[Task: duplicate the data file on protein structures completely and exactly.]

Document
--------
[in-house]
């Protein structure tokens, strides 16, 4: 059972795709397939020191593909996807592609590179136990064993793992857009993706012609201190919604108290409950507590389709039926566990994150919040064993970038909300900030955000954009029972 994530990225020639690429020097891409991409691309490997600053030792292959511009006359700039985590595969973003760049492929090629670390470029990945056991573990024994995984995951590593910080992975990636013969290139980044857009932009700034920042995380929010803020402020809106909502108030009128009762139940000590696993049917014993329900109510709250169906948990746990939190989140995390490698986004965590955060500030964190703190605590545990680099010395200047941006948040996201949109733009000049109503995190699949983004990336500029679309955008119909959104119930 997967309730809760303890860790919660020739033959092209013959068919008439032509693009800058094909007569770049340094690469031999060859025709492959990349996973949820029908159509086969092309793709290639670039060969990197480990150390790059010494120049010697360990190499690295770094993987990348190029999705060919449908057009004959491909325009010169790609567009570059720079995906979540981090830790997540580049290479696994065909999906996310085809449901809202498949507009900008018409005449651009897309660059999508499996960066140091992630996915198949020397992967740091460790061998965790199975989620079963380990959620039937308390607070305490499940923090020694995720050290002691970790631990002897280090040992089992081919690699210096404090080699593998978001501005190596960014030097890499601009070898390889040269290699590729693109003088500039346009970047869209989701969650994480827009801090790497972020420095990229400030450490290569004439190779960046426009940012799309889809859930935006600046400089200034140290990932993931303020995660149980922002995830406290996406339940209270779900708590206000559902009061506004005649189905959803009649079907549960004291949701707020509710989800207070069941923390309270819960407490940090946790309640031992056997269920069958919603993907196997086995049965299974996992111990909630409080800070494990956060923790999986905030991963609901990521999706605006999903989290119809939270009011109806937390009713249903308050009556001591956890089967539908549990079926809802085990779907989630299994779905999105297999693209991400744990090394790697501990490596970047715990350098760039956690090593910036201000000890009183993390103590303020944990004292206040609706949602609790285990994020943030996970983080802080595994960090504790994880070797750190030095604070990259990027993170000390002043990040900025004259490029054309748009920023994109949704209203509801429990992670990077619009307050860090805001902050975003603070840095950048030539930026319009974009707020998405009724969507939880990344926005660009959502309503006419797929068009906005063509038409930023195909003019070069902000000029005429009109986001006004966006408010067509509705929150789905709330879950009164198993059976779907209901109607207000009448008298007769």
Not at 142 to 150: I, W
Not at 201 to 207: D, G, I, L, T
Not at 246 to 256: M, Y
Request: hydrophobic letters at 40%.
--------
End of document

[in-house]
């Protein structure tokens, strides 16, 4: 059972795709397939020191593909996807592609590179136990064993793992857009993706012609201190919604108290409950507590389709039926566990994150919040064993970038909300900030955000954009029972 994530990225020639690429020097891409991409691309490997600053030792292959511009006359700039985590595969973003760049492929090629670390470029990945056991573990024994995984995951590593910080992975990636013969290139980044857009932009700034920042995380929010803020402020809106909502108030009128009762139940000590696993049917014993329900109510709250169906948990746990939190989140995390490698986004965590955060500030964190703190605590545990680099010395200047941006948040996201949109733009000049109503995190699949983004990336500029679309955008119909959104119930 997967309730809760303890860790919660020739033959092209013959068919008439032509693009800058094909007569770049340094690469031999060859025709492959990349996973949820029908159509086969092309793709290639670039060969990197480990150390790059010494120049010697360990190499690295770094993987990348190029999705060919449908057009004959491909325009010169790609567009570059720079995906979540981090830790997540580049290479696994065909999906996310085809449901809202498949507009900008018409005449651009897309660059999508499996960066140091992630996915198949020397992967740091460790061998965790199975989620079963380990959620039937308390607070305490499940923090020694995720050290002691970790631990002897280090040992089992081919690699210096404090080699593998978001501005190596960014030097890499601009070898390889040269290699590729693109003088500039346009970047869209989701969650994480827009801090790497972020420095990229400030450490290569004439190779960046426009940012799309889809859930935006600046400089200034140290990932993931303020995660149980922002995830406290996406339940209270779900708590206000559902009061506004005649189905959803009649079907549960004291949701707020509710989800207070069941923390309270819960407490940090946790309640031992056997269920069958919603993907196997086995049965299974996992111990909630409080800070494990956060923790999986905030991963609901990521999706605006999903989290119809939270009011109806937390009713249903308050009556001591956890089967539908549990079926809802085990779907989630299994779905999105297999693209991400744990090394790697501990490596970047715990350098760039956690090593910036201000000890009183993390103590303020944990004292206040609706949602609790285990994020943030996970983080802080595994960090504790994880070797750190030095604070990259990027993170000390002043990040900025004259490029054309748009920023994109949704209203509801429990992670990077619009307050860090805001902050975003603070840095950048030539930026319009974009707020998405009724969507939880990344926005660009959502309503006419797929068009906005063509038409930023195909003019070069902000000029005429009109986001006004966006408010067509509705929150789905709330879950009164198993059976779907209901109607207000009448008298007769």
Not at 142 to 150: I, W
Not at 201 to 207: D, G, I, L, T
Not at 246 to 256: M, Y
Request: hydrophobic letters at 40%.